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Minnesota fishing report 6-4-09

June 04, 2009 at 06:33 AM

East - The evening walleye bite has been good with jigs and leeches on the rocks in nine to 12 feet. Slip bobbers and leeches also work well during the evening with Big Point, Doe Island, and Hawkbill Reef standing out. The smallmouth bass action has improved with plastics or shallow-running crankbaits around docks and shallow rocks.

West - Work the edges and tops of the mud flats such as Seguchie’s, Seven Mile, Curley’s, and Eight Mile with leeches and rigs or minnows and spinners in 22 to 30 feet for walleyes. The 14- to 18-foot rock points and reefs are producing walleyes during the evening hours via slip bobbers and leeches. Smallmouth bass also remain active on the shallow, rock points and channels.


Walleyes started to move deeper with consistent reports from 20 to 32 feet. Anchoring and pitchin’ jigs and shiners is productive, but spinners and crawlers have started working. Hot spots include the Lighthouse Gap, Morris Point Gap, and the flat by Zippel Bay. At the Northwest Angle, minnows and crawlers also have been the ticket for walleyes around Oak Island and Flag Island.


Lindy Rigs and leeches are turning walleyes in 18 to 22 feet throughout Walker Bay. The cabbage in Steamboat Bay and Sucker Bay also is holding walleyes in six to nine feet. When the wind is hitting them, Pine Point, Otter Tail Point, and Stony Point produce walleyes in less than 10 feet via shiners and jigs. You’ll find good-sized perch in the emerging cabbage and the crappie bite has been “on and off” in the bays.


Look for walleyes and pike to hit minnows and leeches on the 13- to 18-foot weedlines of Lake Minnetonka. Bass are scattered from the shorelines to the first weedline and hitting artificial presentations. Sunfish are active in four to six feet and crappies are hanging around the points in 14 to 16 feet. Medicine Lake, Lake Sarah, and Lake Independence continue to produce panfish in shallow water.


A jig and minnow is producing walleyes in six to 10 feet throughout Black Bay, Lost Bay, and Saginaw Bay. The dam area of the Rainy River also is worth noting for walleyes. Look for crappies in the shallows of Black Bay and crankbaits are turning pike in Cranberry Bay and Black Bay in less than 12 feet. The best smallmouth reports are from the Brule area.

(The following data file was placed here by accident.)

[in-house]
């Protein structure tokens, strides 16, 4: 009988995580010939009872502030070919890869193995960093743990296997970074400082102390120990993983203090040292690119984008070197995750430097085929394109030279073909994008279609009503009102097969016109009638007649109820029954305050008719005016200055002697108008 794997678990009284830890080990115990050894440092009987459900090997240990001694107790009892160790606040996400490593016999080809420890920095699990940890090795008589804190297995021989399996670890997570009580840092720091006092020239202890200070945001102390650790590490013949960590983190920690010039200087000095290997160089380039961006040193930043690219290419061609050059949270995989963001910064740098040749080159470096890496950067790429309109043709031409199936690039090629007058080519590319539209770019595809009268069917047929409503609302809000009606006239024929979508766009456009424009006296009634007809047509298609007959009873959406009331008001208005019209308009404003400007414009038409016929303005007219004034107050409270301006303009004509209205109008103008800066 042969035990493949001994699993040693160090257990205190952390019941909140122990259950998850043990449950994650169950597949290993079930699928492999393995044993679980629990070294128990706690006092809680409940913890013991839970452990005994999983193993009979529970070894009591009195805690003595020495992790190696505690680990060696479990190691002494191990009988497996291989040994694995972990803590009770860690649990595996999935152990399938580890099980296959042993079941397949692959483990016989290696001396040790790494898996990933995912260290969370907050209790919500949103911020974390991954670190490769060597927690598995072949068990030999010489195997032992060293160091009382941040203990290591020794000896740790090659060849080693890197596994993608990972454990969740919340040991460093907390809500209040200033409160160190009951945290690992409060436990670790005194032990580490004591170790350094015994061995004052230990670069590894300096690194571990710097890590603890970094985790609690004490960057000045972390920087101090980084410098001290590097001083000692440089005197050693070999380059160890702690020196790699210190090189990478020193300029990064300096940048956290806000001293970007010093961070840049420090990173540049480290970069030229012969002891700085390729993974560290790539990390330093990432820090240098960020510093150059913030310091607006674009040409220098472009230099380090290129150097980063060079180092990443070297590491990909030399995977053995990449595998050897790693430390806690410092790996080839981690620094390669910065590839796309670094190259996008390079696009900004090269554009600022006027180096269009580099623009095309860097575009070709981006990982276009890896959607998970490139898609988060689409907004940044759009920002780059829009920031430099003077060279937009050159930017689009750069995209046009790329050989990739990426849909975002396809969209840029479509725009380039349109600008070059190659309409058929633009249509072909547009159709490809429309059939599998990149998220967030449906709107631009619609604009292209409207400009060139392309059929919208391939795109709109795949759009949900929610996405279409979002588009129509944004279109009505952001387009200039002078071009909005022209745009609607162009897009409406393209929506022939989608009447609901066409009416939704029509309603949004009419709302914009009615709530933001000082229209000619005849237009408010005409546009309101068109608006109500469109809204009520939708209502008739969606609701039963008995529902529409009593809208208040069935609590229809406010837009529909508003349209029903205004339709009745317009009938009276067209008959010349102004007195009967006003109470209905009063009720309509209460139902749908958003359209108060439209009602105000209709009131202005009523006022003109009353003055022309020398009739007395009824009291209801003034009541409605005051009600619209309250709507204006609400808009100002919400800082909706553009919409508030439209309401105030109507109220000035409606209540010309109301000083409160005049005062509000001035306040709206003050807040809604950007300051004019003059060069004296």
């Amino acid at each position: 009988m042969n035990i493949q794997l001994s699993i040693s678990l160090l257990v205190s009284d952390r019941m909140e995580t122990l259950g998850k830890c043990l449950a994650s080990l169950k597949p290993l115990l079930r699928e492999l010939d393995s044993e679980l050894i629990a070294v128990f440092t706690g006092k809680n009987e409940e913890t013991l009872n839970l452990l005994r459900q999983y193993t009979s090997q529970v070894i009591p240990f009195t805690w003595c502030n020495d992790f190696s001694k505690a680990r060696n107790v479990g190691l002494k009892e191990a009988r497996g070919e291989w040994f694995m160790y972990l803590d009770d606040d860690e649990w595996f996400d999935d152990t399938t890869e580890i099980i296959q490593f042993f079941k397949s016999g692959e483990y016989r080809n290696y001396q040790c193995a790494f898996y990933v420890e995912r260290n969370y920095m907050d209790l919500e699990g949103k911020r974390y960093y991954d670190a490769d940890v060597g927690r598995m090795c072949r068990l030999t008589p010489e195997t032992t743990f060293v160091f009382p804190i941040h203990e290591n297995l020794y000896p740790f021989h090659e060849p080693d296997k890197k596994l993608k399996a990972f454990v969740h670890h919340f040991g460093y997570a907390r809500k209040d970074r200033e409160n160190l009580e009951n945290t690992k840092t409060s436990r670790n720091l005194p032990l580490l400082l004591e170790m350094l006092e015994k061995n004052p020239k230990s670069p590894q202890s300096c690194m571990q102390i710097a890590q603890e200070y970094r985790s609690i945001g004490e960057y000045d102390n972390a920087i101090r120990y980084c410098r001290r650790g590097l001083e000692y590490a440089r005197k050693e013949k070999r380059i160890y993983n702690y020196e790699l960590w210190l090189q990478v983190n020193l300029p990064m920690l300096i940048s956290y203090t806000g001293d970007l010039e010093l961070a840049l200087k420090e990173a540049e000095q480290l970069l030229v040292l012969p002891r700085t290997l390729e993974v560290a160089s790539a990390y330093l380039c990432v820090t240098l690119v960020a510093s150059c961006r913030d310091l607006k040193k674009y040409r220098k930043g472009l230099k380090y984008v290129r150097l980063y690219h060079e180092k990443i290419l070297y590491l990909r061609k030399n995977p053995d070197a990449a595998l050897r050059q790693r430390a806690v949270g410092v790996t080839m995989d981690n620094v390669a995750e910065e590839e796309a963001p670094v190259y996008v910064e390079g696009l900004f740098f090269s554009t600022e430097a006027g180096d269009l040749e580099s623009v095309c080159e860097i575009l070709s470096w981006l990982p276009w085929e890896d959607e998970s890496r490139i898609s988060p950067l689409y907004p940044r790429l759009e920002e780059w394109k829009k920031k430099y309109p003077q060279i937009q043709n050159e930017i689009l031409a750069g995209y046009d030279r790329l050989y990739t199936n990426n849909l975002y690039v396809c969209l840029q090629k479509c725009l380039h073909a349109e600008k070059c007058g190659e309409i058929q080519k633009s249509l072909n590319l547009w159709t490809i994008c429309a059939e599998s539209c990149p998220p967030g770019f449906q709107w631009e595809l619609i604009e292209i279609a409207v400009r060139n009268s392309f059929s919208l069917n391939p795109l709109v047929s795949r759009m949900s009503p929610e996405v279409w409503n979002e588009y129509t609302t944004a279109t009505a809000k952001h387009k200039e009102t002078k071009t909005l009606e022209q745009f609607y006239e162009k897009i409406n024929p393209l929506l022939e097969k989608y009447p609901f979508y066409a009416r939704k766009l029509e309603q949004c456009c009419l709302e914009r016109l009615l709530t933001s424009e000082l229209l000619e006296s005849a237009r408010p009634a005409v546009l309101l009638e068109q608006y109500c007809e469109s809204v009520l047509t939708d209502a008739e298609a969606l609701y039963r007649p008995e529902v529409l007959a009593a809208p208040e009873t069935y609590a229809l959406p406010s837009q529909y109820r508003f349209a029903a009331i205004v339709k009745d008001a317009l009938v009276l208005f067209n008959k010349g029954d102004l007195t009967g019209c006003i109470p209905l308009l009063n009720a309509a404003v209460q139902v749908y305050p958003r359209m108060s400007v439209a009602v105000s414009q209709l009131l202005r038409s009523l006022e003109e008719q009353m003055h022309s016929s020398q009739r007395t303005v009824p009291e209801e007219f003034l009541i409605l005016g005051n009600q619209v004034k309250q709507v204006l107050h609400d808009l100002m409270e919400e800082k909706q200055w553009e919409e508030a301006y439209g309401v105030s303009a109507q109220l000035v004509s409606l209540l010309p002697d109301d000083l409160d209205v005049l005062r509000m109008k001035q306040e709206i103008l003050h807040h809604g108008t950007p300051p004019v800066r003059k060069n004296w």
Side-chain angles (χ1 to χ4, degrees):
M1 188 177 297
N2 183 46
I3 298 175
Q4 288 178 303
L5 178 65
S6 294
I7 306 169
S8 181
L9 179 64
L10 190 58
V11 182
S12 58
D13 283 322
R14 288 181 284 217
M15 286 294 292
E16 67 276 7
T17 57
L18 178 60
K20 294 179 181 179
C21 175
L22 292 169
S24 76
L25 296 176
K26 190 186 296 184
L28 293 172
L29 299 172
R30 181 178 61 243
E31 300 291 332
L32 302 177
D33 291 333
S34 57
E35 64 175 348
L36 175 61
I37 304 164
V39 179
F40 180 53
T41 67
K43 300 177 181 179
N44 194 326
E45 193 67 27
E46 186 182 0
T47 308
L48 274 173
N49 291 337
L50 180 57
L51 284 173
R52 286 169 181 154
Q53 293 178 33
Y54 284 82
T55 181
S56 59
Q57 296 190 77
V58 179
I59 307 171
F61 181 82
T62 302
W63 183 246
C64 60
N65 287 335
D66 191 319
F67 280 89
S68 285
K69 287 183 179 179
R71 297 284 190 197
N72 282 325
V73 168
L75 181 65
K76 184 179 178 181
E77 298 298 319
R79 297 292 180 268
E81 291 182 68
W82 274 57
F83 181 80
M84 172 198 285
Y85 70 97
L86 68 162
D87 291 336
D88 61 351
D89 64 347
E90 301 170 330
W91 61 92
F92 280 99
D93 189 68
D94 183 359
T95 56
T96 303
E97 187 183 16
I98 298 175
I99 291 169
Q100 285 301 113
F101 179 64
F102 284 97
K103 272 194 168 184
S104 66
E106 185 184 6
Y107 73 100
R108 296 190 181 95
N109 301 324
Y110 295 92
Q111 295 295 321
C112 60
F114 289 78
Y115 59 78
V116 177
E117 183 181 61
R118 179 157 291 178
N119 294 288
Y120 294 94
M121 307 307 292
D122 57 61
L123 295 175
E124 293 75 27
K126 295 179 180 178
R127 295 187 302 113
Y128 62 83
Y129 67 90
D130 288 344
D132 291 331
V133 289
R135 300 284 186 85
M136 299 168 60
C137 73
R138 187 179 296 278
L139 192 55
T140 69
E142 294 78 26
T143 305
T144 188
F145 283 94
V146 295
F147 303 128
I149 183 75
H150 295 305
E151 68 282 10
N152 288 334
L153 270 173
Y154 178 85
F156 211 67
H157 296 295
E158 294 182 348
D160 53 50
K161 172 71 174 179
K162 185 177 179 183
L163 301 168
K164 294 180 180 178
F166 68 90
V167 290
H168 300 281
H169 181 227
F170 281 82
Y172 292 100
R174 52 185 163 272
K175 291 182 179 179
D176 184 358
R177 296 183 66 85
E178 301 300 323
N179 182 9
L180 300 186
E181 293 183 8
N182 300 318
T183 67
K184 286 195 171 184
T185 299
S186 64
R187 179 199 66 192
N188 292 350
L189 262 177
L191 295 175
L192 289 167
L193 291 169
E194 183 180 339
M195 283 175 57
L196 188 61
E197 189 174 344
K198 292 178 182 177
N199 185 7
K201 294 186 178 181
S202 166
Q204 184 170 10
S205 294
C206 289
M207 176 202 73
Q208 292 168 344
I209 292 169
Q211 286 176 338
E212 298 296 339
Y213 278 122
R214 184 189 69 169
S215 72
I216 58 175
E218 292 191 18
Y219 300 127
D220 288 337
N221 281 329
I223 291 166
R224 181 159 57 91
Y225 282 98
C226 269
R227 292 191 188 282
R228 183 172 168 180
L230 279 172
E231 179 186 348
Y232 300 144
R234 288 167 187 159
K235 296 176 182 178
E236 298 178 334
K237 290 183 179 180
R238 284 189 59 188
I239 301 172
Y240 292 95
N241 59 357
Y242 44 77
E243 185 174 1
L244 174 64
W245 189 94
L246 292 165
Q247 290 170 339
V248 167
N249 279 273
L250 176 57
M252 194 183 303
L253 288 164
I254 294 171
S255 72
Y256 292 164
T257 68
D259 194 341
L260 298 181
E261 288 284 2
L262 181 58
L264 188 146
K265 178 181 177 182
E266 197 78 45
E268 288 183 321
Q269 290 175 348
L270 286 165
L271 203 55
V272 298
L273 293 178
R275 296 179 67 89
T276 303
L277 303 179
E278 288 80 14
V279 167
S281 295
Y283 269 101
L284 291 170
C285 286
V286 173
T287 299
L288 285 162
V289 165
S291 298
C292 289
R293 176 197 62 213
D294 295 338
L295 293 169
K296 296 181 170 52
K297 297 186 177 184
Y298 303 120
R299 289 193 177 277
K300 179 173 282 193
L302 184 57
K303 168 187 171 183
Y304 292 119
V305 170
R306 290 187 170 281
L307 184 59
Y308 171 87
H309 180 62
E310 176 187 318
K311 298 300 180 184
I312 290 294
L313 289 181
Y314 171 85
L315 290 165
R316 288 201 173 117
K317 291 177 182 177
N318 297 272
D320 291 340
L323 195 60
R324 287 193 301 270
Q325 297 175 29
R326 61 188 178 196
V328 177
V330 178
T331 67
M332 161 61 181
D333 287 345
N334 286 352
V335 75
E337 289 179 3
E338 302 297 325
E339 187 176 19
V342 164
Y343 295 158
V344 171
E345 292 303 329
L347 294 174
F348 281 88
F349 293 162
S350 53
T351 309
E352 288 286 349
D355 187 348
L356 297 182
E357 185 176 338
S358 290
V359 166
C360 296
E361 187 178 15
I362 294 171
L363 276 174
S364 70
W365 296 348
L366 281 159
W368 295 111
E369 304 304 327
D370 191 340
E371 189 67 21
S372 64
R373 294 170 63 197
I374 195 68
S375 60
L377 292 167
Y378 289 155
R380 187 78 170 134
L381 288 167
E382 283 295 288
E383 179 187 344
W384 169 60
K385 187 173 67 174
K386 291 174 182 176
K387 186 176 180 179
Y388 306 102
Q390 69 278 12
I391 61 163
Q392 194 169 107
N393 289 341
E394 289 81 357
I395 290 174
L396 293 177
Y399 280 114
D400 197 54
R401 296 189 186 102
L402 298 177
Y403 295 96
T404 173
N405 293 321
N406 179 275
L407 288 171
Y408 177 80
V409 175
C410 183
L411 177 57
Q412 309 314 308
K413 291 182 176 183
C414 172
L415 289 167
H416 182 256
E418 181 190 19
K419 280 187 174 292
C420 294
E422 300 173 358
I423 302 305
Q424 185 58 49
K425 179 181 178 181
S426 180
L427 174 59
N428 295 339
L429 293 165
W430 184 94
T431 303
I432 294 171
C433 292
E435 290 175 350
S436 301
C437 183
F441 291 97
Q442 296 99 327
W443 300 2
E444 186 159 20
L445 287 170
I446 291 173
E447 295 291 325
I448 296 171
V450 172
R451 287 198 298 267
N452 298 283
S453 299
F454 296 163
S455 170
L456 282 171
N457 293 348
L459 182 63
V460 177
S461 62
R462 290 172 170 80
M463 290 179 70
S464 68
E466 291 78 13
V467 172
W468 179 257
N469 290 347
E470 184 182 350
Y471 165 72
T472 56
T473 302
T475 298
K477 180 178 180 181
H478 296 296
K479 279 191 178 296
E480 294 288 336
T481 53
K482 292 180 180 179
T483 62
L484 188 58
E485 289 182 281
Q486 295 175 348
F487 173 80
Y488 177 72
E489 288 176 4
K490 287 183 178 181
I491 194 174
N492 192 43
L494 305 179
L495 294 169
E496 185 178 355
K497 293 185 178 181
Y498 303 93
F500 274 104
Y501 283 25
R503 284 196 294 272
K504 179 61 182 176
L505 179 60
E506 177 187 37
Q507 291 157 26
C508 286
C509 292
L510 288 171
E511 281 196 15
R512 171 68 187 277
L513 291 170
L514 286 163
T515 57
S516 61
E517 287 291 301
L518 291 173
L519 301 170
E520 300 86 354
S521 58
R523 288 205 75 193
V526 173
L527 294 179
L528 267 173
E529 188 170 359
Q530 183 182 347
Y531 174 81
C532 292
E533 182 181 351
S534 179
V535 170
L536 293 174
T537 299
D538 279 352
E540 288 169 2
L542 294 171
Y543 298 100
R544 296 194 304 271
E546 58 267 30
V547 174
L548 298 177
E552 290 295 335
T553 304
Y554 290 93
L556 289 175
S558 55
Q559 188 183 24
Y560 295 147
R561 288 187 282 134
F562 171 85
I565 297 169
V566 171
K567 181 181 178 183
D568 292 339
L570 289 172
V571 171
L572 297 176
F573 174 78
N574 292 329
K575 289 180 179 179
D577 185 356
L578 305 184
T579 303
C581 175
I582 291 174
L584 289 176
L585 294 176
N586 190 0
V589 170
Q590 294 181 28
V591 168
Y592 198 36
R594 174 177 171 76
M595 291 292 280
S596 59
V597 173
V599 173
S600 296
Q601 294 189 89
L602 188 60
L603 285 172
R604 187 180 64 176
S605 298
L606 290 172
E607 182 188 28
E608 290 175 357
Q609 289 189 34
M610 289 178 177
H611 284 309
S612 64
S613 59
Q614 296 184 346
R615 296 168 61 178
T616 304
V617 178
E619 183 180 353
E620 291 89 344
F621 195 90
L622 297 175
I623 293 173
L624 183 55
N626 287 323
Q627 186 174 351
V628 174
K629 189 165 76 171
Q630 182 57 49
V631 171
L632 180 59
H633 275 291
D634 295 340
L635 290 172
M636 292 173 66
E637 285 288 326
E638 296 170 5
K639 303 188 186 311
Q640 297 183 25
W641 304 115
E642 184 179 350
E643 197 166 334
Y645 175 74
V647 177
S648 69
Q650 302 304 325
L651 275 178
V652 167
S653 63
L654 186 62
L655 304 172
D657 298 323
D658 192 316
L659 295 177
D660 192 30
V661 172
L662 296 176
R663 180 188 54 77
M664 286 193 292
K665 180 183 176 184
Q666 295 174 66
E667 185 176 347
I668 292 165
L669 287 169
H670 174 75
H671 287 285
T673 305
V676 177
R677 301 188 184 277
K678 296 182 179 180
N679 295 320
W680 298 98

The evening walleye bite is consistent off Little Stony Point in four to eight feet with a jig and minnow. The Duck Pass area also has given up walleyes in less than six feet. Raven’s Point, Sugar Point, and the “bird houses” are producing walleyes in shallow water. You’ll find bigger walleyes on the bars with Lindy Rigs and leeches in 18 to 22 feet.


Trolling Shad Raps on the sharp breaks of the St. Croix River has produced walleyes. Leeches are best for walleyes on Big Carnelian Lake in 17 feet and White Bear Lake in 14 to 17 feet. The shorelines of Tanners Lake and Silver Lake are producing sunfish, while bass and sunfish are shallow on lakes Jane, Olson, and Demonterville. Spinnerbaits are the ticket for pike on Silver, Jane, and Olson lakes and the backwaters of the St. Croix are holding crappies.


Sunfish have moved extremely shallow on most lakes with Minnewashta, Steiger, Auburn, and Bavaria providing good catches. Plastics and spinnerbaits are producing bass in shallow water on Lake Auburn and Lake Bavaria. Sucker minnows are the ticket for pike on the seven- to 12-foot weedlines of Pierson Lake, Steiger, and Auburn. Crawlers and sucker minnows continue to produce catfish on the Crow River.


Sunfish are cruising the shallows on the north and northwest side of the lake, mainly along the bulrushes. Crappies have moved deeper with a few coming off the emerging weedbeds. Walleyes are hitting jigs and fatheads during low-light periods in eight to 14 feet on top of the reefs and weedlines. Look for bass in shallow water with spinnerbaits producing bigger fish.


Live-bait rigs and shiner minnows are producing walleyes in seven to 12 feet on Lake Reno. An occasional walleye report is heard from the weedlines of Lake Miltona and Lake Le Homme Dieu during low-light periods. Panfish continue to move in and out of the shallow spawning areas with the weather. Look to cabbage weeds, sand, or pencil reeds on most lakes. The bass bite has been hit and miss with the smaller lakes producing bigger fish on the flats and near docks.


Look to Clearwater Lake and Buffalo Lake with crawlers and leeches for walleyes in 18 to 25 feet. Crappies are cruising the shorelines and shallow reeds on lakes such as Clearwater, Augusta, Sugar, Sylvia, Granite, and Pleasant. Most lakes are producing bass on spinnerbaits or plastic worms. Clearwater, Pleasant, John, and Sugar lakes are safe bets for pike in 10 to 14 feet with sucker minnows.